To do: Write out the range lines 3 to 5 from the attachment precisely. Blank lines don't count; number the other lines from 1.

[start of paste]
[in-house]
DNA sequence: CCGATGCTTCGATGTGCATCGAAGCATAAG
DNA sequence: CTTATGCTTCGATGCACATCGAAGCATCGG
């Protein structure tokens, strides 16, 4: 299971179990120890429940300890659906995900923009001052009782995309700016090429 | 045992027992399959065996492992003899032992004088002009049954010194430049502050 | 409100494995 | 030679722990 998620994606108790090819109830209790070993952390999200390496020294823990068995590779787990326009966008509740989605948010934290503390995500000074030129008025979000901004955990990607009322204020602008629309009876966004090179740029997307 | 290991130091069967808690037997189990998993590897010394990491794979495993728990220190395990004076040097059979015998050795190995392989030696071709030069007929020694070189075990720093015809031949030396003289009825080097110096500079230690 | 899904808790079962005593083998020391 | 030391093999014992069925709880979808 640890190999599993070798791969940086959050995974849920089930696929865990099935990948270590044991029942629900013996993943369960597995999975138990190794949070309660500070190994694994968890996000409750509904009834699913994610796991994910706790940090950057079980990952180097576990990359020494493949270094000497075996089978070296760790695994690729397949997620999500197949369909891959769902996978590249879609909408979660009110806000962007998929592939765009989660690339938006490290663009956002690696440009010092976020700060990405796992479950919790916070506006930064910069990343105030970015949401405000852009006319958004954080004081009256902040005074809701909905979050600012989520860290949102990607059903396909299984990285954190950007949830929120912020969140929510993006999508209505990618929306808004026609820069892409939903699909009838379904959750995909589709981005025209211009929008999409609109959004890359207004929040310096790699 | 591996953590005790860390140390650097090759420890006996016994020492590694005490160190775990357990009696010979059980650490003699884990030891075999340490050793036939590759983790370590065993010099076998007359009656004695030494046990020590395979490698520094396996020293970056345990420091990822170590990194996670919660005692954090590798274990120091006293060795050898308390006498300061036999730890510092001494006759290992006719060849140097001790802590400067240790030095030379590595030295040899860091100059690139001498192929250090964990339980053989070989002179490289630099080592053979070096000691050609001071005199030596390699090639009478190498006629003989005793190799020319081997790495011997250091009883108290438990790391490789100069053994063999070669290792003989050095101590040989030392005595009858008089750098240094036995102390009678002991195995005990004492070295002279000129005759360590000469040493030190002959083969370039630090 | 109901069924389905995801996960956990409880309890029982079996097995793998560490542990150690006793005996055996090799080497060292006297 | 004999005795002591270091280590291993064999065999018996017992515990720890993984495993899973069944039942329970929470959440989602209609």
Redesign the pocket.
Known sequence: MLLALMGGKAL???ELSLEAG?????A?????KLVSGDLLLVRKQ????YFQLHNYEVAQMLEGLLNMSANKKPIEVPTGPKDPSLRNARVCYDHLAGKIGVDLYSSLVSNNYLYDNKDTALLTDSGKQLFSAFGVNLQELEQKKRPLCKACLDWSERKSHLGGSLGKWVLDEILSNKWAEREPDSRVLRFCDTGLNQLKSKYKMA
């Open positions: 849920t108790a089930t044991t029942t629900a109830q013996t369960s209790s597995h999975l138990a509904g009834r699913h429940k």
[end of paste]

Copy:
DNA sequence: CTTATGCTTCGATGCACATCGAAGCATCGG
């Protein structure tokens, strides 16, 4: 299971179990120890429940300890659906995900923009001052009782995309700016090429 | 045992027992399959065996492992003899032992004088002009049954010194430049502050 | 409100494995 | 030679722990 998620994606108790090819109830209790070993952390999200390496020294823990068995590779787990326009966008509740989605948010934290503390995500000074030129008025979000901004955990990607009322204020602008629309009876966004090179740029997307 | 290991130091069967808690037997189990998993590897010394990491794979495993728990220190395990004076040097059979015998050795190995392989030696071709030069007929020694070189075990720093015809031949030396003289009825080097110096500079230690 | 899904808790079962005593083998020391 | 030391093999014992069925709880979808 640890190999599993070798791969940086959050995974849920089930696929865990099935990948270590044991029942629900013996993943369960597995999975138990190794949070309660500070190994694994968890996000409750509904009834699913994610796991994910706790940090950057079980990952180097576990990359020494493949270094000497075996089978070296760790695994690729397949997620999500197949369909891959769902996978590249879609909408979660009110806000962007998929592939765009989660690339938006490290663009956002690696440009010092976020700060990405796992479950919790916070506006930064910069990343105030970015949401405000852009006319958004954080004081009256902040005074809701909905979050600012989520860290949102990607059903396909299984990285954190950007949830929120912020969140929510993006999508209505990618929306808004026609820069892409939903699909009838379904959750995909589709981005025209211009929008999409609109959004890359207004929040310096790699 | 591996953590005790860390140390650097090759420890006996016994020492590694005490160190775990357990009696010979059980650490003699884990030891075999340490050793036939590759983790370590065993010099076998007359009656004695030494046990020590395979490698520094396996020293970056345990420091990822170590990194996670919660005692954090590798274990120091006293060795050898308390006498300061036999730890510092001494006759290992006719060849140097001790802590400067240790030095030379590595030295040899860091100059690139001498192929250090964990339980053989070989002179490289630099080592053979070096000691050609001071005199030596390699090639009478190498006629003989005793190799020319081997790495011997250091009883108290438990790391490789100069053994063999070669290792003989050095101590040989030392005595009858008089750098240094036995102390009678002991195995005990004492070295002279000129005759360590000469040493030190002959083969370039630090 | 109901069924389905995801996960956990409880309890029982079996097995793998560490542990150690006793005996055996090799080497060292006297 | 004999005795002591270091280590291993064999065999018996017992515990720890993984495993899973069944039942329970929470959440989602209609």
Redesign the pocket.